Journal investigates

Waldo County police receive surplus military equipment, but weapons are not worth the trouble

By Jordan Bailey | Aug 28, 2014
Photo by: Jordan Bailey This chart is based on a Pentagon spreadsheet of all military equipment distributed to Maine counties between 2006 and 2014, obtained from the WMTW website and Github.

A program that distributes surplus military equipment to state and local police departments across the country is under scrutiny, as protestors in Ferguson, Mo., have been met by local police in armored vehicles and full military gear.

The White House is currently reviewing the program, authorized by Section 1033 of the National Defense Authorization Act.

The Republican Journal investigated how the program is being used in Waldo County, and found that military surplus is supplying basic equipment needs, not weapons or military-style vehicles. Most local law enforcement agencies report that the weapons they have obtained from the military have been or are being returned because of the extensive paperwork required for possessing them.

Oddly, the requirements related to tracking the guns, not justifying possession of them or showing that there is a need for them in the community.

Ancient shotguns

Lt. Aaron Hayden of the Maine State Police said to his knowledge, Troop D has not received any surplus military equipment that is currently being used.

"We may have gotten items in the past, but that equipment has been replaced since I have been in command of the Troop," he said.

Chief Deputy Jeff Trafton of the Waldo County Sheriff's Office said the office received four 12-gauge shotguns that will be returned because they are worn out. He said they also received some red dot sights (sighting aids) through the program.

Belfast Police Chief Michael McFadden said the Belfast Police Department once received shotguns through the program, but they were not useful.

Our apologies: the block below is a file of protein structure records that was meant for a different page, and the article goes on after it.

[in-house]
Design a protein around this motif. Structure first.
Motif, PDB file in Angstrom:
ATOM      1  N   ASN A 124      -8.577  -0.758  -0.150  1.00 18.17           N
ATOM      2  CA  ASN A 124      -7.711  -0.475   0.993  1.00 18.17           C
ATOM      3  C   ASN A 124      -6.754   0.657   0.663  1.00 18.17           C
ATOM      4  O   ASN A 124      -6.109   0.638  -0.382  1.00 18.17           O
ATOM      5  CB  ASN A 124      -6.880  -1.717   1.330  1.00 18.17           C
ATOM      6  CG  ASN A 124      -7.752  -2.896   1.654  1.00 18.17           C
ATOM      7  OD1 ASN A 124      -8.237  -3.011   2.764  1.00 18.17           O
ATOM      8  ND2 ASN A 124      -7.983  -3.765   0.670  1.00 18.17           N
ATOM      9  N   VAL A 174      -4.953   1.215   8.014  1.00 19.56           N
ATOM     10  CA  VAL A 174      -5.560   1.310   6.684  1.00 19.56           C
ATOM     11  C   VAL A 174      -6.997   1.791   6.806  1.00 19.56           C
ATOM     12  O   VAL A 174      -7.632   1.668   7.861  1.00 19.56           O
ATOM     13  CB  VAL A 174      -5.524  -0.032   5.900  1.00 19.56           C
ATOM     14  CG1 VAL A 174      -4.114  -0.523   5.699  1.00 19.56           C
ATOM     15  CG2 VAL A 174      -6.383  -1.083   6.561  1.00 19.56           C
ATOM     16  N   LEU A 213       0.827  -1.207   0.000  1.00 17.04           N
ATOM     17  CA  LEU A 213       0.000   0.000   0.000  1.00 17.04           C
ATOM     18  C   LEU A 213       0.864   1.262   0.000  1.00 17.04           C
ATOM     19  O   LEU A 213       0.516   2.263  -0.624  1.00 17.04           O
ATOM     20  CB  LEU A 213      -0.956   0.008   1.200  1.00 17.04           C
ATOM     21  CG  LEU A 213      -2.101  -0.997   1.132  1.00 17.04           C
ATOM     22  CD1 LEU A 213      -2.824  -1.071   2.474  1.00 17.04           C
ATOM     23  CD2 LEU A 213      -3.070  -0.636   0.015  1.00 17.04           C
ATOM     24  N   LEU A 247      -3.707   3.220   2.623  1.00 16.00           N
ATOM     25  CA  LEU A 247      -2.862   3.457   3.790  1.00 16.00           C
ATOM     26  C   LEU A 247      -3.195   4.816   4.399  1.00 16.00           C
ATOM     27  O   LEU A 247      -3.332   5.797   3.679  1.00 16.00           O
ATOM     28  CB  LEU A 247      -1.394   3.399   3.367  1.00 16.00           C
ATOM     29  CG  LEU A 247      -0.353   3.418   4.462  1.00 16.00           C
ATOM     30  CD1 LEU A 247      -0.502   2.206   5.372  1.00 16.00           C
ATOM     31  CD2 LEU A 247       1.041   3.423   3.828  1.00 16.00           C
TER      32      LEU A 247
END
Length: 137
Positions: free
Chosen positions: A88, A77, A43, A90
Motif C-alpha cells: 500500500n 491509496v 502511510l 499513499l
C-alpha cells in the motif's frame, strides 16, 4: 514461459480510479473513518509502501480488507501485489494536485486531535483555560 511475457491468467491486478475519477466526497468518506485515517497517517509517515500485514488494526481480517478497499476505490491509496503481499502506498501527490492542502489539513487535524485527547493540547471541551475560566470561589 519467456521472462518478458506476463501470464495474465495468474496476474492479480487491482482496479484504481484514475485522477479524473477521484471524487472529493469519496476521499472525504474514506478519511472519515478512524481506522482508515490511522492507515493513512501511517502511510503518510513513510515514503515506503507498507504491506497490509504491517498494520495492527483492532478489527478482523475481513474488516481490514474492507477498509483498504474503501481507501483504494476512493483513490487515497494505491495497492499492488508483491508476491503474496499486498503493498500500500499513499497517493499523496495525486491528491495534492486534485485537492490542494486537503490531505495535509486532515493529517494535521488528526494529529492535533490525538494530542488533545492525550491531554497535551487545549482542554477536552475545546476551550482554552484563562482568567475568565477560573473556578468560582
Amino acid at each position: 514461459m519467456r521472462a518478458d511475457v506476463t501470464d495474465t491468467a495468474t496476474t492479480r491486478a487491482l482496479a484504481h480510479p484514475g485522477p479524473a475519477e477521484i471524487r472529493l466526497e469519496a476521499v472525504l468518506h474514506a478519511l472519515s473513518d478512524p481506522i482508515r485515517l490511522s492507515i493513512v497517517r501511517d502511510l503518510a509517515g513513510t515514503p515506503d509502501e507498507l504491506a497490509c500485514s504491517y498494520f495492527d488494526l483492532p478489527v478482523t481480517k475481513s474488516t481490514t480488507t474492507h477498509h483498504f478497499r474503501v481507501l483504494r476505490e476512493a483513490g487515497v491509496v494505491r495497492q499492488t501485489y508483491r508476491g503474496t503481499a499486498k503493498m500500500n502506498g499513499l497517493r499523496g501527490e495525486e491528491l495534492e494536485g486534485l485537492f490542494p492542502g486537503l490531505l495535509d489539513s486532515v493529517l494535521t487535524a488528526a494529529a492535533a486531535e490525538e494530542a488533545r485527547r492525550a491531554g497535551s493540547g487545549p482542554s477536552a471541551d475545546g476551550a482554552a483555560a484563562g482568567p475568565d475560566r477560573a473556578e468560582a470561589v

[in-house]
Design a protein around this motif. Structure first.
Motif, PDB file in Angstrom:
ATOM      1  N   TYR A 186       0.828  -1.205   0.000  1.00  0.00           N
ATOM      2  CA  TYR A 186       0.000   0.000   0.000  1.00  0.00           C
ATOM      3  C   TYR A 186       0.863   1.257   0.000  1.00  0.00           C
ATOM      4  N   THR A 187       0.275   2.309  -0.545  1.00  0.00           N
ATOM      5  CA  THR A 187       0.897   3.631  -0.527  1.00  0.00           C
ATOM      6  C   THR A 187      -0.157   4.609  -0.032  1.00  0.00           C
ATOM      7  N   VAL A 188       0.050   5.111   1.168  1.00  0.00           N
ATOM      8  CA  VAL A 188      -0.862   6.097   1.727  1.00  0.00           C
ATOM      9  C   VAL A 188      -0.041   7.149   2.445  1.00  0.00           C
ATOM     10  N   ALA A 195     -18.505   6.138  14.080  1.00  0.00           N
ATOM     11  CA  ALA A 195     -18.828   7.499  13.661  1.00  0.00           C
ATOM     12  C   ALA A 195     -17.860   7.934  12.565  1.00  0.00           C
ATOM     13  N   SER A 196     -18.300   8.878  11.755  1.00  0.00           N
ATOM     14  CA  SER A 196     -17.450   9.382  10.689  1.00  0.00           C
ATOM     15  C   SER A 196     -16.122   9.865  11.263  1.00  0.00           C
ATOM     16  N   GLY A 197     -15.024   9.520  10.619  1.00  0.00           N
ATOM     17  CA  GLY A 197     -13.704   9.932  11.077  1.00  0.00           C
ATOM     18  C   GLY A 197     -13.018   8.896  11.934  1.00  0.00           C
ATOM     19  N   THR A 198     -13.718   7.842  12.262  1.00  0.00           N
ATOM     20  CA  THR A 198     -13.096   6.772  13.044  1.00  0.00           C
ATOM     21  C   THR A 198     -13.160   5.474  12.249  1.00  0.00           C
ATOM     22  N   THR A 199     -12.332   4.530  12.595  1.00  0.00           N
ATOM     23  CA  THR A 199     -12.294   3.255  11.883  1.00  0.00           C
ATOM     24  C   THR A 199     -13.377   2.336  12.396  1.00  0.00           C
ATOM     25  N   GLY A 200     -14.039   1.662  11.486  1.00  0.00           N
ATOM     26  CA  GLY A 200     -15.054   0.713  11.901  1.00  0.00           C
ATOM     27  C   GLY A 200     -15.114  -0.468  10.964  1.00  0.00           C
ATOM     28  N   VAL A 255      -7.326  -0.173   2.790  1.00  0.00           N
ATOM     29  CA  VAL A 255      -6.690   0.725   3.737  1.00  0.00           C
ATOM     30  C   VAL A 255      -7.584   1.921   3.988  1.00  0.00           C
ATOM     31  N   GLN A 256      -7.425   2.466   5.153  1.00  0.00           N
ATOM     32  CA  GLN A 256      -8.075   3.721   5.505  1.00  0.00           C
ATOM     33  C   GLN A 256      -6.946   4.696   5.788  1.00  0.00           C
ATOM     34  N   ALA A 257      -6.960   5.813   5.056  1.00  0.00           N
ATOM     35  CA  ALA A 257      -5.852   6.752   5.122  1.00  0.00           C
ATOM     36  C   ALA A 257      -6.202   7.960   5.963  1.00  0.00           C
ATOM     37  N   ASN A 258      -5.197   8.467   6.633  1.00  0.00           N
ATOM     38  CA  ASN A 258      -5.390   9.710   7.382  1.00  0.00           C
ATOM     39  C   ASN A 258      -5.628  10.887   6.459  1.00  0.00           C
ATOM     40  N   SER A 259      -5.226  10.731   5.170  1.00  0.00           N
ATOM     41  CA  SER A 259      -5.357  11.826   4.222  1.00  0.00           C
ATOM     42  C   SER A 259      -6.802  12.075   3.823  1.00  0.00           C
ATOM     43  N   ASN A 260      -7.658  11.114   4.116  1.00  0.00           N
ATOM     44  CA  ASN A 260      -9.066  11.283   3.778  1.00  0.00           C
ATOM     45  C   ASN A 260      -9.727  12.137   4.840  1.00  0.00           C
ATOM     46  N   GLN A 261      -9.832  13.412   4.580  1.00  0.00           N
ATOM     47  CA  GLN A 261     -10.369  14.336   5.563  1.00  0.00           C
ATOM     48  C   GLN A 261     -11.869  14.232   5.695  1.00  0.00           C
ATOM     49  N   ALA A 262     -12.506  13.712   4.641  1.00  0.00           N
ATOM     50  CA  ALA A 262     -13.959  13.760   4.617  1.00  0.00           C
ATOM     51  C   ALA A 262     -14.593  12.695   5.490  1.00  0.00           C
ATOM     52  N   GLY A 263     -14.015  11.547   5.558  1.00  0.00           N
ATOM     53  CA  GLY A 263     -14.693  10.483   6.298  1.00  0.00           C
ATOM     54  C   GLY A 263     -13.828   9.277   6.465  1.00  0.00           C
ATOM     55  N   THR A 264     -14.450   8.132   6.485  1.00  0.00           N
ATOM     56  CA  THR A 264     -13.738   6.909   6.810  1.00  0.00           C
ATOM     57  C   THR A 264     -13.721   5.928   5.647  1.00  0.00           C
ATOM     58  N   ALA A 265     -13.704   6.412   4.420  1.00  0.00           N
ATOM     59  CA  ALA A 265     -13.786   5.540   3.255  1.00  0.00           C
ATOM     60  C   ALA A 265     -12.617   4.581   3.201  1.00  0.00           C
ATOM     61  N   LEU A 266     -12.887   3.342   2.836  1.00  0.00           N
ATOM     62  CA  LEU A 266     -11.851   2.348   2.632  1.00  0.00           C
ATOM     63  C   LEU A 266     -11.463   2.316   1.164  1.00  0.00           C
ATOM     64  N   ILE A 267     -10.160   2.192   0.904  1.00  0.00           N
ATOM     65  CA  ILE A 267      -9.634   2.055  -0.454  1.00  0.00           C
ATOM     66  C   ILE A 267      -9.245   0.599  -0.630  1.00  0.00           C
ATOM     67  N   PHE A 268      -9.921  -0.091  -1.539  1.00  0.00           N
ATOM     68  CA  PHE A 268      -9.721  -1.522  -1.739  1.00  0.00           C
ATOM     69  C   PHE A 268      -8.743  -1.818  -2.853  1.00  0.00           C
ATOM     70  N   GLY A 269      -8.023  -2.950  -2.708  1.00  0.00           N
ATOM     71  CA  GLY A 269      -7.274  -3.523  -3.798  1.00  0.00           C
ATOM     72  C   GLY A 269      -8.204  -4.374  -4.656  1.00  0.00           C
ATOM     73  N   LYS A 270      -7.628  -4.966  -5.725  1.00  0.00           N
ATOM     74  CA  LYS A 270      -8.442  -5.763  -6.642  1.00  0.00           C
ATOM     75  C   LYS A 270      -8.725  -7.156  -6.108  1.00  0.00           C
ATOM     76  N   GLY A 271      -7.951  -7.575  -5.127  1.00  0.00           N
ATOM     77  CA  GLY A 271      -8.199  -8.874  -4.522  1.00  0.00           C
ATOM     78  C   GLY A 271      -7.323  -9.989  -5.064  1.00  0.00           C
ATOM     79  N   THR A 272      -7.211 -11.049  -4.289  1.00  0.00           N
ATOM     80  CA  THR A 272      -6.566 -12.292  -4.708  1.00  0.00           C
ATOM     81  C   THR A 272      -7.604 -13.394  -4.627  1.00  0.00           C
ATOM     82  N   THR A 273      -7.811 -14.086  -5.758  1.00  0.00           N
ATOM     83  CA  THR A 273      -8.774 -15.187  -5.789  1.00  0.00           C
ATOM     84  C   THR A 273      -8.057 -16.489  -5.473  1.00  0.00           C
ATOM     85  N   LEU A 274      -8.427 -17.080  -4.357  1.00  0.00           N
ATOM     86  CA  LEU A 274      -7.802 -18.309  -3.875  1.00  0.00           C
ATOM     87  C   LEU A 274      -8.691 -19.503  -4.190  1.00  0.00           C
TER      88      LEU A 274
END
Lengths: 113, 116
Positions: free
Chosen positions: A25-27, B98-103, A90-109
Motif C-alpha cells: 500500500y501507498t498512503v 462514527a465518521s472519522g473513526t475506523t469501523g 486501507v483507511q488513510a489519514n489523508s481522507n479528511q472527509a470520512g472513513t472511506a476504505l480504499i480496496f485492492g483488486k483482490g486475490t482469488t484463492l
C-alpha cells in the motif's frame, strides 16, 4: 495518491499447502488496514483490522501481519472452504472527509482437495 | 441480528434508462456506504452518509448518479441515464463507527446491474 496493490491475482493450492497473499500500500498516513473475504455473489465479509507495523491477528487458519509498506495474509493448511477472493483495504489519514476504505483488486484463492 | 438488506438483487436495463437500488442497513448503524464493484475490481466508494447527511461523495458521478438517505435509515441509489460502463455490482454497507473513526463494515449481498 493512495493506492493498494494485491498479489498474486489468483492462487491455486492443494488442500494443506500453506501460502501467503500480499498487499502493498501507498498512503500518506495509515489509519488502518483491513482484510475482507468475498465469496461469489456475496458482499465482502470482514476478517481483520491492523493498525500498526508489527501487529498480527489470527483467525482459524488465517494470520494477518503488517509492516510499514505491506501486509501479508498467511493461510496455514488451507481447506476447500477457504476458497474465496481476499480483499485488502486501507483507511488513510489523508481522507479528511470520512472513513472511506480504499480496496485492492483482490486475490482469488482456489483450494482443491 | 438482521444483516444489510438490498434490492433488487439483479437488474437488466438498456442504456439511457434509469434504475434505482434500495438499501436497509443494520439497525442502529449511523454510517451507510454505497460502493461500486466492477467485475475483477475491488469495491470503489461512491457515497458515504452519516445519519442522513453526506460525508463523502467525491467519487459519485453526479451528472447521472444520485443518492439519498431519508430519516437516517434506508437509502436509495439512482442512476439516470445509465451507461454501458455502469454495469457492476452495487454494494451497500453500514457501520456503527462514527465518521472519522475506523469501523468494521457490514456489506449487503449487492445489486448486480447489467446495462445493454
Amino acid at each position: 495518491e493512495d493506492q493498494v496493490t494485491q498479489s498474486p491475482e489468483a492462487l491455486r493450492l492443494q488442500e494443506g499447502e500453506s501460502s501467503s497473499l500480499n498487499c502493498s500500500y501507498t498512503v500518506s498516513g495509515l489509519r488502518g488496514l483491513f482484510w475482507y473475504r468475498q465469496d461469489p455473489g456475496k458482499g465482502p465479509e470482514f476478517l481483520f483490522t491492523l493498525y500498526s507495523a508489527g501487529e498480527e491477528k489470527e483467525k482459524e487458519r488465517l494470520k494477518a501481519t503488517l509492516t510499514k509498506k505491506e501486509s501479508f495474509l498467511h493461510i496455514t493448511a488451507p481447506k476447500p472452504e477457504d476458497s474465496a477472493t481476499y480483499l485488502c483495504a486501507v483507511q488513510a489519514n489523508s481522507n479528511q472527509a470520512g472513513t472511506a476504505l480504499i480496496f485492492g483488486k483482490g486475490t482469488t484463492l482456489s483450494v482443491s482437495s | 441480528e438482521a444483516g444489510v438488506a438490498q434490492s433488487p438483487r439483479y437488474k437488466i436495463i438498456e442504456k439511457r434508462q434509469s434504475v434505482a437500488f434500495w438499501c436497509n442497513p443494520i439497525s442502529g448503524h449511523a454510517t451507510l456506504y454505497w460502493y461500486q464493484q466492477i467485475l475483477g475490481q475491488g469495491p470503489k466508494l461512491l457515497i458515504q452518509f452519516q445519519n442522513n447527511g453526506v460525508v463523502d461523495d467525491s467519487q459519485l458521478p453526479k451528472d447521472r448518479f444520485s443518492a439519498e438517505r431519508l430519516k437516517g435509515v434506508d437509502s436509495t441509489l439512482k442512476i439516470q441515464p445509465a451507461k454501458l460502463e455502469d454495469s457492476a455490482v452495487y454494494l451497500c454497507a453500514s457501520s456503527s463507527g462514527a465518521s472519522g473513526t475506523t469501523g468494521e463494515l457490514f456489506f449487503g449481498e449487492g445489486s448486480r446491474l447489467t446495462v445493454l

"They sat in the arsenal unused, collecting dust," he said. "They were 40-year-old, ancient wooden things that wouldn't fit in the trunks of our cars."

McFadden said keeping the guns weren't worth the amount of time it would take to keep up with the paperwork and photo documentation required, so he tried to return them to the federal government. This, too, proved to be difficult and required a lot of paperwork. He was finally able to give them to another police department.

"If I want something, I will justify it and ask the city council for funding," McFadden said. "If we can't justify it, we probably don't need it."

McFadden said he can't criticize the police response in Ferguson, Mo. because he can not "pretend to know what they have to deal with on a daily basis," but he thought there should be a difference between the military and the police.

"If something were to happen here that requires that kind of response," he said, "I'd contact other agencies."

Other equipment 

In Searsport, the program has helped the police department acquire basic equipment that the community otherwise would not have been able to afford.

Searsport Police Chief Richard LaHaye said since 2008 the department has received items ranging from a defibrillator and a Jaws of Life — used by the Searsport Ambulance — to a large generator that is used at the town garage, camera equipment, a whiteboard and an overhead projector.

"Basic items we needed would have cost the community a substantial amount of money, and there's no money in the Searsport budget for this equipment," LaHaye said. "We've received about $300,000 worth of equipment from the military for free — and that's the  government dollar value. It would cost us much more to buy these items ourselves."